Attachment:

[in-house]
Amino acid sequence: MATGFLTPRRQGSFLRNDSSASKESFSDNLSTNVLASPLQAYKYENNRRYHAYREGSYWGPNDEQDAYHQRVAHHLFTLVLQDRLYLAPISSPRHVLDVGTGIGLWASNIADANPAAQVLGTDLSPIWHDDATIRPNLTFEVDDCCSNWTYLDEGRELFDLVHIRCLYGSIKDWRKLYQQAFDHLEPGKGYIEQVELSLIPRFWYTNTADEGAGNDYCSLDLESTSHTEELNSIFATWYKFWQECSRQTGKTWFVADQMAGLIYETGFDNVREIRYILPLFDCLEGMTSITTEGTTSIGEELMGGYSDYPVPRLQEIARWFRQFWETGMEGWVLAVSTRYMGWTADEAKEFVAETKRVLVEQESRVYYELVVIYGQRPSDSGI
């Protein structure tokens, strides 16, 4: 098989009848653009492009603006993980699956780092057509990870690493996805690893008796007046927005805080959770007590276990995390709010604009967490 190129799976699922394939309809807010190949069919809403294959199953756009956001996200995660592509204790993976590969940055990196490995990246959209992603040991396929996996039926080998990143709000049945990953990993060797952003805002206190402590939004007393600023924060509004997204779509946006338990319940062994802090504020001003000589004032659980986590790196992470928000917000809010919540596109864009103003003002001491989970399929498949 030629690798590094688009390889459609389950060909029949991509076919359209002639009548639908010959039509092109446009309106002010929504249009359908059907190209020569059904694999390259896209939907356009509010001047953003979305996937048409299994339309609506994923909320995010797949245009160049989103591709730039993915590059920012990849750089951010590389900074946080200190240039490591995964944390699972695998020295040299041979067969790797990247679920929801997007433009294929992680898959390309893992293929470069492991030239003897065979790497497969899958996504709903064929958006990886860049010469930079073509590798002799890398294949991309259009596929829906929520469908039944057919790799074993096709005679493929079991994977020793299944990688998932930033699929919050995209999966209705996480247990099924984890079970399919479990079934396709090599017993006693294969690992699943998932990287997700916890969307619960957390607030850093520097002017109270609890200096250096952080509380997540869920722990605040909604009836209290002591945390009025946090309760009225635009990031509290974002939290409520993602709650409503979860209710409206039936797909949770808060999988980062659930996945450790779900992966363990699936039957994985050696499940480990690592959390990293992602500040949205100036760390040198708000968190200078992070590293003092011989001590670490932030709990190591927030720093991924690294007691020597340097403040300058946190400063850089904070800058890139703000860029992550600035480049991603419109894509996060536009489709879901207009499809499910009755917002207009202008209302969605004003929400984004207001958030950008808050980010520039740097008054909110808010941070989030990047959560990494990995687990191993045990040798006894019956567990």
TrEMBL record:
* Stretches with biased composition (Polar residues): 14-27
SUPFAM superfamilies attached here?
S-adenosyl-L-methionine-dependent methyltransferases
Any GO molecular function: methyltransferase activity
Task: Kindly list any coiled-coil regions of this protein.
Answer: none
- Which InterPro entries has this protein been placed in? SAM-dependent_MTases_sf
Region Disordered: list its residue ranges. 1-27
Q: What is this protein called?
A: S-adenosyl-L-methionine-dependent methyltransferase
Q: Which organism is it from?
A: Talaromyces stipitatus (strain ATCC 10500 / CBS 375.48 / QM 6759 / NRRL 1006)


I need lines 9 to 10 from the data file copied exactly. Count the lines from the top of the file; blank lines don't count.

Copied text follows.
Task: Kindly list any coiled-coil regions of this protein.
Answer: none